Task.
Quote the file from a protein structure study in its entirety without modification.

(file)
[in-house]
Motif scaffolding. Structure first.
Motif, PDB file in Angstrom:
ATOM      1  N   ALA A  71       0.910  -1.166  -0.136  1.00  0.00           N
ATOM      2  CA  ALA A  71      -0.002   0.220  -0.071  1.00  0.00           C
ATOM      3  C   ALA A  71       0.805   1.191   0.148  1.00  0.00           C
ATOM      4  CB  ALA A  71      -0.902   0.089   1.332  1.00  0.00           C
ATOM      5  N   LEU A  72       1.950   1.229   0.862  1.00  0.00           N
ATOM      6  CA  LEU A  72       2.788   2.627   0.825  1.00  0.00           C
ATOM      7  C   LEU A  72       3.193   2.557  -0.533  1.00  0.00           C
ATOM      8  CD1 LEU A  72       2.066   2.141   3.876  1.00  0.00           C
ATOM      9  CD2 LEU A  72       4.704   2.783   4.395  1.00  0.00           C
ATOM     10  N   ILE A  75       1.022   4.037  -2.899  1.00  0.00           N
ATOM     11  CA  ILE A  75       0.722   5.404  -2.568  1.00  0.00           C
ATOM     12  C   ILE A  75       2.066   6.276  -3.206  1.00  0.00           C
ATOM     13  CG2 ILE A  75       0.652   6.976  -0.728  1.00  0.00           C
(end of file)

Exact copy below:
[in-house]
Motif scaffolding. Structure first.
Motif, PDB file in Angstrom:
ATOM      1  N   ALA A  71       0.910  -1.166  -0.136  1.00  0.00           N
ATOM      2  CA  ALA A  71      -0.002   0.220  -0.071  1.00  0.00           C
ATOM      3  C   ALA A  71       0.805   1.191   0.148  1.00  0.00           C
ATOM      4  CB  ALA A  71      -0.902   0.089   1.332  1.00  0.00           C
ATOM      5  N   LEU A  72       1.950   1.229   0.862  1.00  0.00           N
ATOM      6  CA  LEU A  72       2.788   2.627   0.825  1.00  0.00           C
ATOM      7  C   LEU A  72       3.193   2.557  -0.533  1.00  0.00           C
ATOM      8  CD1 LEU A  72       2.066   2.141   3.876  1.00  0.00           C
ATOM      9  CD2 LEU A  72       4.704   2.783   4.395  1.00  0.00           C
ATOM     10  N   ILE A  75       1.022   4.037  -2.899  1.00  0.00           N
ATOM     11  CA  ILE A  75       0.722   5.404  -2.568  1.00  0.00           C
ATOM     12  C   ILE A  75       2.066   6.276  -3.206  1.00  0.00           C
ATOM     13  CG2 ILE A  75       0.652   6.976  -0.728  1.00  0.00           C